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WIU Meteorology Team Advances to Finals of National Forecasting Competition

April 20, 2020

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MACOMB, IL – A group of Western Illinois University faculty and students have advanced to the finals of a national weather forecasting competition, after placing as one of the top 16 teams in the United States.

The eight member WIU team placed 15th to advance to the final round of the WxChallenge, which is tentatively scheduled to begin the first week of May. The initial competition to advance was to forecast the maximum and minimum temperatures, precipitation and maximum wind speeds for select U.S. cities over a 10-week period.

WIU Associate Professor of Meteorology Marcus Büker was the faculty member on the team, and was joined by GIS/geography graduate student Richard Sample, of Macomb; Anthony Yattoni, a senior meteorology major, of Morrisville, IL; Ian Stearns, a junior meteorology major, of Springfield, IL; Brandon Maxey, a junior meteorology major, of Pawnee, IL; MacCartney Britton, a senior emergency management major and weather/climate minor, of Colchester, IL; and Anna Noble, a sophomore meteorology major, of Aledo, IL.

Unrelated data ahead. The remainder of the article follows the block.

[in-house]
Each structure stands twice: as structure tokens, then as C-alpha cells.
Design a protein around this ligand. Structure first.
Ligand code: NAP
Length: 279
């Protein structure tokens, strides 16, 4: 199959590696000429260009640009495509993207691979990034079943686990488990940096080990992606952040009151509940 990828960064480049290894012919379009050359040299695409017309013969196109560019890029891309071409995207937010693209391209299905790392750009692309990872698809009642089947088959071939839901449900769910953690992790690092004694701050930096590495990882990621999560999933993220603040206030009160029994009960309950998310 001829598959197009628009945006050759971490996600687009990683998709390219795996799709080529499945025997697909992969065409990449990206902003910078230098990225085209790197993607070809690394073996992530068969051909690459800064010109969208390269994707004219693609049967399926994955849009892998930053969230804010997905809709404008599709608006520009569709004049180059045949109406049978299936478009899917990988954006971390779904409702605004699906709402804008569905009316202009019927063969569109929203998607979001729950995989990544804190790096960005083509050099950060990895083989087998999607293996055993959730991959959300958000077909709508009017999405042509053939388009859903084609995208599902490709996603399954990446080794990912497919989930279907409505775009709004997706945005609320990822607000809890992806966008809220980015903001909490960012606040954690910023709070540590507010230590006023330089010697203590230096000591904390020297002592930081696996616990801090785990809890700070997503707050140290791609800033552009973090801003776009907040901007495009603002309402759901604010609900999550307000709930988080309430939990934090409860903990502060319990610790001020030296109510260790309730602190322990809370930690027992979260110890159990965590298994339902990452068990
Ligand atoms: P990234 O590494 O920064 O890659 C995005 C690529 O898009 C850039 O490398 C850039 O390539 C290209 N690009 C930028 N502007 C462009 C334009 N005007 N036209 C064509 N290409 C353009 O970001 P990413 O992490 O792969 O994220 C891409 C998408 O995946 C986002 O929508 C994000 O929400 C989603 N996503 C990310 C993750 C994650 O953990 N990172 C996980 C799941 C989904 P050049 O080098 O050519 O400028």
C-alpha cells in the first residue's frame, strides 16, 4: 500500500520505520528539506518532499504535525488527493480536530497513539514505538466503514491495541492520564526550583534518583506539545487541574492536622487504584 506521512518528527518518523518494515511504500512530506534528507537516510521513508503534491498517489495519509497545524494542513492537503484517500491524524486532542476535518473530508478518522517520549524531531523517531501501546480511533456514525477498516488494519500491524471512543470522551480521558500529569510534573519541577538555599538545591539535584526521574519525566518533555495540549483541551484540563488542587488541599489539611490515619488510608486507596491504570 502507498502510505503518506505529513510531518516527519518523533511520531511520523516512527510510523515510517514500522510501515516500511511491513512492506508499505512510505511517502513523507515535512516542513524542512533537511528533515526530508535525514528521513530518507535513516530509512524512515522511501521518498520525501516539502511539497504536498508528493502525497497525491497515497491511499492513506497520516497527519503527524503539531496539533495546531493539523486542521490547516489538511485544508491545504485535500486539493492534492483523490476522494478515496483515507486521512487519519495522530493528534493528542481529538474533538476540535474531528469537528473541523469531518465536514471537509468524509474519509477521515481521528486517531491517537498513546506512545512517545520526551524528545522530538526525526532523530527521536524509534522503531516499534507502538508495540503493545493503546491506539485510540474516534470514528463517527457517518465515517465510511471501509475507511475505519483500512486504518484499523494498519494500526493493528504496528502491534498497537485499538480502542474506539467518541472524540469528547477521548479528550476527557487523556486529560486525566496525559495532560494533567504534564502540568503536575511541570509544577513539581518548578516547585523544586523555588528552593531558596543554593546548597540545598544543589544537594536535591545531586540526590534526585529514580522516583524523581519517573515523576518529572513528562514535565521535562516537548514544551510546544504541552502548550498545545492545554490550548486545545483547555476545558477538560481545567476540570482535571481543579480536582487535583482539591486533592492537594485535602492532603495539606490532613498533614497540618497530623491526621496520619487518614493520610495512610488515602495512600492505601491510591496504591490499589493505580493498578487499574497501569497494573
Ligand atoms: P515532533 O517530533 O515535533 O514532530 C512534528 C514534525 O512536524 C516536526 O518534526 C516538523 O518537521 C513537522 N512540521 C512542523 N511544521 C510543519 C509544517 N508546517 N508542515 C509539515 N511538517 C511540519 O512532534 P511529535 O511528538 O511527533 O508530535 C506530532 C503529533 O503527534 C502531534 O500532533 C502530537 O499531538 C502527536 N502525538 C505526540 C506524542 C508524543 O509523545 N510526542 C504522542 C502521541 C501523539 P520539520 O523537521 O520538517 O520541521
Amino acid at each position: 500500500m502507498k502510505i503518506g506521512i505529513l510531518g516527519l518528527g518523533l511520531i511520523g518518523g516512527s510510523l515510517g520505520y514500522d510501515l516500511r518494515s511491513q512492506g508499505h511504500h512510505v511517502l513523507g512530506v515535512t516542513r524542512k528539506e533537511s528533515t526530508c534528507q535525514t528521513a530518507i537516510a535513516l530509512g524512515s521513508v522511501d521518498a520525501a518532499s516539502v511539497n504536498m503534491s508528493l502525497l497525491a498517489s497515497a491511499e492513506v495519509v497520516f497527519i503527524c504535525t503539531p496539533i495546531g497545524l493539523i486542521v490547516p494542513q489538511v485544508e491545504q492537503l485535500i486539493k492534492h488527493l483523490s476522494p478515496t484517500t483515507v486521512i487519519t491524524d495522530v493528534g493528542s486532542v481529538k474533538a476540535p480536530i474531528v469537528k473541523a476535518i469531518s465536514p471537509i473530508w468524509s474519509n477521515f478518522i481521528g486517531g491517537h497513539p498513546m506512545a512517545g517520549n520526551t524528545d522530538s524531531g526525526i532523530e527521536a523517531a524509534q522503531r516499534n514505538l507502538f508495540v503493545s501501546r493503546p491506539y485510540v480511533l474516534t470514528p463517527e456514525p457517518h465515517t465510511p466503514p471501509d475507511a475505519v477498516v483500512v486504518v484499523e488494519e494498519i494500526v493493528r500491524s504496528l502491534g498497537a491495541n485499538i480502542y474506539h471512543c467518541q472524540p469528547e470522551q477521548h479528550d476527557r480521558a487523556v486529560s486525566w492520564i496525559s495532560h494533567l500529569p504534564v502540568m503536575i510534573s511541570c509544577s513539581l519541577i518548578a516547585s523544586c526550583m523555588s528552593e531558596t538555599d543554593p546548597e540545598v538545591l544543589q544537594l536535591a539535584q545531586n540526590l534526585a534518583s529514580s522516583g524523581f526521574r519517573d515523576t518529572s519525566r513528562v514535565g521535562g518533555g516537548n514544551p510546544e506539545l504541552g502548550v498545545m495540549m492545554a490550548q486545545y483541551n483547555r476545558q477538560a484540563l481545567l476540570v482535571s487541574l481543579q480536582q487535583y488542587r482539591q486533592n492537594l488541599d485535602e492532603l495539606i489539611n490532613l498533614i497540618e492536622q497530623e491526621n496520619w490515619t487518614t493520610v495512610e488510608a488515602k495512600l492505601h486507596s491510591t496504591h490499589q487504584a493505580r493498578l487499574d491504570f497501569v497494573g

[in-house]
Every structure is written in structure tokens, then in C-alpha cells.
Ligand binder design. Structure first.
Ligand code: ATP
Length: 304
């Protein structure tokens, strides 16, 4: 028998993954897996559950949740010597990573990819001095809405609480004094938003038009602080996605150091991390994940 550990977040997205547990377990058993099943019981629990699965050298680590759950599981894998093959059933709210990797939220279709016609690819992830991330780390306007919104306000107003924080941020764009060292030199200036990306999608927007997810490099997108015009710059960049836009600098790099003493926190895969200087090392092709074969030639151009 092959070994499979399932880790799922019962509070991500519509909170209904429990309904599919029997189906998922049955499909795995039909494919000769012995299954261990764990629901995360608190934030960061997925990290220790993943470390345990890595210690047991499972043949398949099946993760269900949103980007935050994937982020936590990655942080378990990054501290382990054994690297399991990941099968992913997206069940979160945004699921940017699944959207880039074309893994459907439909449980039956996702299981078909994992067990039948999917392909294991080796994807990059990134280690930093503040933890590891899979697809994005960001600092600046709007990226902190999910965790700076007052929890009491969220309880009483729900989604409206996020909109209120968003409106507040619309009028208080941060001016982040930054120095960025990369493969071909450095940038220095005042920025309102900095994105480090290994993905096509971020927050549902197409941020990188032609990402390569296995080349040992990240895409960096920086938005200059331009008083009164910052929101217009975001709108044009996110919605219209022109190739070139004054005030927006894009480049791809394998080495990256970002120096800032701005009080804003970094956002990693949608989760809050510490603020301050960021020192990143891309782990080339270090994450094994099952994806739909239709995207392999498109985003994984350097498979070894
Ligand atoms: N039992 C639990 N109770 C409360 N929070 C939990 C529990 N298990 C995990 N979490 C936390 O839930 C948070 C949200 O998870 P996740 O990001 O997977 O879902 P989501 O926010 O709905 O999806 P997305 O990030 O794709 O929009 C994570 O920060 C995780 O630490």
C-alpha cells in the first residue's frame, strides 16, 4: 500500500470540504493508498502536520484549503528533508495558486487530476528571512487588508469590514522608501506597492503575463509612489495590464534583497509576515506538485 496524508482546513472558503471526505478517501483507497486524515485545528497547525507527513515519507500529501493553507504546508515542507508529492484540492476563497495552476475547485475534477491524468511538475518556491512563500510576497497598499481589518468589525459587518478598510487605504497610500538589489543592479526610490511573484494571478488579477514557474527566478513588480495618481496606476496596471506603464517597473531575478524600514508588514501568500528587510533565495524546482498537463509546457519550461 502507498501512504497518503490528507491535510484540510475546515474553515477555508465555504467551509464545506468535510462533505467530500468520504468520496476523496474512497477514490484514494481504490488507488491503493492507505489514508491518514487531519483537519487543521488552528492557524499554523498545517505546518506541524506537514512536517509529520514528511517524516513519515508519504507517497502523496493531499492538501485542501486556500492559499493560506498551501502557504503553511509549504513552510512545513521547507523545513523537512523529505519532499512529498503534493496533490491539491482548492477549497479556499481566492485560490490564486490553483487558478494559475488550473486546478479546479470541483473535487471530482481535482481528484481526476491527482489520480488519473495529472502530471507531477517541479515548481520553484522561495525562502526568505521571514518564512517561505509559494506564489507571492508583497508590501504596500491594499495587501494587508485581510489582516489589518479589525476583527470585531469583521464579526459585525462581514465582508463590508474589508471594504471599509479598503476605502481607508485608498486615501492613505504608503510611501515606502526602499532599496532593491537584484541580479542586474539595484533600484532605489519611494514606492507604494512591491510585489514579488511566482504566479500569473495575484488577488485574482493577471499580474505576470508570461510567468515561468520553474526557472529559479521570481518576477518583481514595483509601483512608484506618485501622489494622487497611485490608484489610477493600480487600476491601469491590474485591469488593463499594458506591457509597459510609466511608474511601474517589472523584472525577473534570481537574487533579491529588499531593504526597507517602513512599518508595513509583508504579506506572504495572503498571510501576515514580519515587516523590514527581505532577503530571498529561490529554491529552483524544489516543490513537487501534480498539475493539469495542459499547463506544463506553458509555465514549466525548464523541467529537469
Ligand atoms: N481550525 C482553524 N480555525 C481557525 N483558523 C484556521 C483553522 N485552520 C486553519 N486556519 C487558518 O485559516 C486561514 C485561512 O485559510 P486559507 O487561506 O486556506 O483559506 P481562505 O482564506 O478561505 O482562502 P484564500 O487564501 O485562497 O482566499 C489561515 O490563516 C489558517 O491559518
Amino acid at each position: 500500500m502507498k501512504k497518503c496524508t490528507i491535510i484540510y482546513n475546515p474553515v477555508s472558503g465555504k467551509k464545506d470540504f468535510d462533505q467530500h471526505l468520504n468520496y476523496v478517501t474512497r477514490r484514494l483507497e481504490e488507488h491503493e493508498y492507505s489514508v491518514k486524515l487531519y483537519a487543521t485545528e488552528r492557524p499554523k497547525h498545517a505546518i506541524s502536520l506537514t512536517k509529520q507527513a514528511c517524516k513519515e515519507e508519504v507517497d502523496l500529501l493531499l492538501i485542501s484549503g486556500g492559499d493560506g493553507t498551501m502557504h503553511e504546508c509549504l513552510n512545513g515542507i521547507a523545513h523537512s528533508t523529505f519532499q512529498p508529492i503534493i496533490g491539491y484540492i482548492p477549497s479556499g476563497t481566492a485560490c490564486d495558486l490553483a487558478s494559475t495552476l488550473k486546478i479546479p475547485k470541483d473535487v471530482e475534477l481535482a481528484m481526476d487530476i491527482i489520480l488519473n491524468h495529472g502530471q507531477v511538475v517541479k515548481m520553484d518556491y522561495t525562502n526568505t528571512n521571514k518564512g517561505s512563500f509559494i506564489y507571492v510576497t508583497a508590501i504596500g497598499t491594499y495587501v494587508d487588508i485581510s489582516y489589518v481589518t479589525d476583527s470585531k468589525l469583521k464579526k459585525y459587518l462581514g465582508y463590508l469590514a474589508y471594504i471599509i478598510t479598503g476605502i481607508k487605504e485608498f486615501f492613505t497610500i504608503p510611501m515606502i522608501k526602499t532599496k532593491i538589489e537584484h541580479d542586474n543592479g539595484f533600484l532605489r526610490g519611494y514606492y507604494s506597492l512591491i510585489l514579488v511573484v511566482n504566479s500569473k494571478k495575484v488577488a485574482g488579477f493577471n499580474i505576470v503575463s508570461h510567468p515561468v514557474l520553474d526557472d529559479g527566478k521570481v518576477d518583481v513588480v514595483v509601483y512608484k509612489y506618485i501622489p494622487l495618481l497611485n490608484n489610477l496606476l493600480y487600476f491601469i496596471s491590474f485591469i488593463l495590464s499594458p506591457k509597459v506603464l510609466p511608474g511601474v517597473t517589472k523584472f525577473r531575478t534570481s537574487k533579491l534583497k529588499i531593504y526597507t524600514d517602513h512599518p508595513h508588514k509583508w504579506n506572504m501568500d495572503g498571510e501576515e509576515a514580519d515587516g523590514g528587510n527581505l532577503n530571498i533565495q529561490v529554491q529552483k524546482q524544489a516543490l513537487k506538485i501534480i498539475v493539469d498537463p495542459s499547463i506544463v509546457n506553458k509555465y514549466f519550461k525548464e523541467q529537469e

The WIU student forecasters used a variety of tools (computer model output, satellite imagery, radar and climatological data), as well as their own experience and knowledge of meteorology, to produce as accurate a forecast as possible.

During each round of the finals, each team's consensus forecast will be matched against that of another team for two days. The team with the lower two-day total error points will advance to the next round.

"I am proud to say that during this, my final year at WIU, our forecasters did well enough to go to the 'Big Dance' WxChallenge Team Tournament," said Büker.

In addition, Büker and Sample competed in the individual portion of the competition, with both making it to the final round of 64. Büker said he fell in the first round by 2.5 points and Sample fell in the second round by one degree in predicting the low temperature of Kansas City, MO.

For more information about the challenge, visit For more information on WIU's meteorology program, visit

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